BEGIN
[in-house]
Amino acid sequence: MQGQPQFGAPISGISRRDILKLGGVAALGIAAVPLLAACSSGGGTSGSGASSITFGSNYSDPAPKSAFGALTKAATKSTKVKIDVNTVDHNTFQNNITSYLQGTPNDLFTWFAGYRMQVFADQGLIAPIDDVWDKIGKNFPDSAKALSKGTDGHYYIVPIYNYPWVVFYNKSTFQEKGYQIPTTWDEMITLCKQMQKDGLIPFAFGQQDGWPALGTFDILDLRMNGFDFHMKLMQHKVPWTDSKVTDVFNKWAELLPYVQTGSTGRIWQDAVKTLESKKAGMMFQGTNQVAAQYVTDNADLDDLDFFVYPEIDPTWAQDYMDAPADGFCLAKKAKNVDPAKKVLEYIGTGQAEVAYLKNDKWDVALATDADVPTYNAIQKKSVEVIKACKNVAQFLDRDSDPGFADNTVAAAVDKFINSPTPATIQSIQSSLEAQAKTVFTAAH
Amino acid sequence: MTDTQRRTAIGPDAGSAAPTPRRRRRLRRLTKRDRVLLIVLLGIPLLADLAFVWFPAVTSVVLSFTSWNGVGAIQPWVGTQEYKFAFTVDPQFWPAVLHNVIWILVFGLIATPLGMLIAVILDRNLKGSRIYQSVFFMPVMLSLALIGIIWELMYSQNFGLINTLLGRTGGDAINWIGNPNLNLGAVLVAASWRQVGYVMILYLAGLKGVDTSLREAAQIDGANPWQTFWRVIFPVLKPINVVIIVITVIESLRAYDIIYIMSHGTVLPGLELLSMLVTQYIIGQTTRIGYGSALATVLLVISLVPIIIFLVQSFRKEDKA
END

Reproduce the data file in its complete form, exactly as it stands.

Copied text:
[in-house]
Amino acid sequence: MQGQPQFGAPISGISRRDILKLGGVAALGIAAVPLLAACSSGGGTSGSGASSITFGSNYSDPAPKSAFGALTKAATKSTKVKIDVNTVDHNTFQNNITSYLQGTPNDLFTWFAGYRMQVFADQGLIAPIDDVWDKIGKNFPDSAKALSKGTDGHYYIVPIYNYPWVVFYNKSTFQEKGYQIPTTWDEMITLCKQMQKDGLIPFAFGQQDGWPALGTFDILDLRMNGFDFHMKLMQHKVPWTDSKVTDVFNKWAELLPYVQTGSTGRIWQDAVKTLESKKAGMMFQGTNQVAAQYVTDNADLDDLDFFVYPEIDPTWAQDYMDAPADGFCLAKKAKNVDPAKKVLEYIGTGQAEVAYLKNDKWDVALATDADVPTYNAIQKKSVEVIKACKNVAQFLDRDSDPGFADNTVAAAVDKFINSPTPATIQSIQSSLEAQAKTVFTAAH
Amino acid sequence: MTDTQRRTAIGPDAGSAAPTPRRRRRLRRLTKRDRVLLIVLLGIPLLADLAFVWFPAVTSVVLSFTSWNGVGAIQPWVGTQEYKFAFTVDPQFWPAVLHNVIWILVFGLIATPLGMLIAVILDRNLKGSRIYQSVFFMPVMLSLALIGIIWELMYSQNFGLINTLLGRTGGDAINWIGNPNLNLGAVLVAASWRQVGYVMILYLAGLKGVDTSLREAAQIDGANPWQTFWRVIFPVLKPINVVIIVITVIESLRAYDIIYIMSHGTVLPGLELLSMLVTQYIIGQTTRIGYGSALATVLLVISLVPIIIFLVQSFRKEDKA